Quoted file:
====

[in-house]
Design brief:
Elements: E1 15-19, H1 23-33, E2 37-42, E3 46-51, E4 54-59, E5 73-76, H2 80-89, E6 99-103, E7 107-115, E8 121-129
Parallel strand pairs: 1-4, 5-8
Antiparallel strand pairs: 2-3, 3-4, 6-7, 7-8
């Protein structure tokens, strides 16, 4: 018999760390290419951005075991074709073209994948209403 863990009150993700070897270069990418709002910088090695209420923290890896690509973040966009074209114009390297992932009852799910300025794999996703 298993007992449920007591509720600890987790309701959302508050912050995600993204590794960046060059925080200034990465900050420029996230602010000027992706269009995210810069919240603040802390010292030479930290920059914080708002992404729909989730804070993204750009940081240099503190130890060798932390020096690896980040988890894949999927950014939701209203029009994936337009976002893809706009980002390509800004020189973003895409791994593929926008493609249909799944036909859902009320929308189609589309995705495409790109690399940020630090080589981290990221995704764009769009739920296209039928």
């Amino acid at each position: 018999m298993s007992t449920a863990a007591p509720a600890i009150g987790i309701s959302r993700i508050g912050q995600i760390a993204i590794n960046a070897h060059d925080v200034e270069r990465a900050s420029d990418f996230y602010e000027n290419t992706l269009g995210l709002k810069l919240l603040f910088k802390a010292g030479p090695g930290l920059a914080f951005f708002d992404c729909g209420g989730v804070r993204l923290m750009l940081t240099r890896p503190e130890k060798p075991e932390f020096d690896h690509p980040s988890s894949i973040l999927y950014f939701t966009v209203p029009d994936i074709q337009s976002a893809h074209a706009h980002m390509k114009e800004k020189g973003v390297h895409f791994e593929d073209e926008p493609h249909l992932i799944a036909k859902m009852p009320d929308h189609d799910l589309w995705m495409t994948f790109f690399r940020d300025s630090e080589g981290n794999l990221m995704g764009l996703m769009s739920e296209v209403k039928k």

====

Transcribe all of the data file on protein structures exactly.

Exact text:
[in-house]
Design brief:
Elements: E1 15-19, H1 23-33, E2 37-42, E3 46-51, E4 54-59, E5 73-76, H2 80-89, E6 99-103, E7 107-115, E8 121-129
Parallel strand pairs: 1-4, 5-8
Antiparallel strand pairs: 2-3, 3-4, 6-7, 7-8
């Protein structure tokens, strides 16, 4: 018999760390290419951005075991074709073209994948209403 863990009150993700070897270069990418709002910088090695209420923290890896690509973040966009074209114009390297992932009852799910300025794999996703 298993007992449920007591509720600890987790309701959302508050912050995600993204590794960046060059925080200034990465900050420029996230602010000027992706269009995210810069919240603040802390010292030479930290920059914080708002992404729909989730804070993204750009940081240099503190130890060798932390020096690896980040988890894949999927950014939701209203029009994936337009976002893809706009980002390509800004020189973003895409791994593929926008493609249909799944036909859902009320929308189609589309995705495409790109690399940020630090080589981290990221995704764009769009739920296209039928």
């Amino acid at each position: 018999m298993s007992t449920a863990a007591p509720a600890i009150g987790i309701s959302r993700i508050g912050q995600i760390a993204i590794n960046a070897h060059d925080v200034e270069r990465a900050s420029d990418f996230y602010e000027n290419t992706l269009g995210l709002k810069l919240l603040f910088k802390a010292g030479p090695g930290l920059a914080f951005f708002d992404c729909g209420g989730v804070r993204l923290m750009l940081t240099r890896p503190e130890k060798p075991e932390f020096d690896h690509p980040s988890s894949i973040l999927y950014f939701t966009v209203p029009d994936i074709q337009s976002a893809h074209a706009h980002m390509k114009e800004k020189g973003v390297h895409f791994e593929d073209e926008p493609h249909l992932i799944a036909k859902m009852p009320d929308h189609d799910l589309w995705m495409t994948f790109f690399r940020d300025s630090e080589g981290n794999l990221m995704g764009l996703m769009s739920e296209v209403k039928k």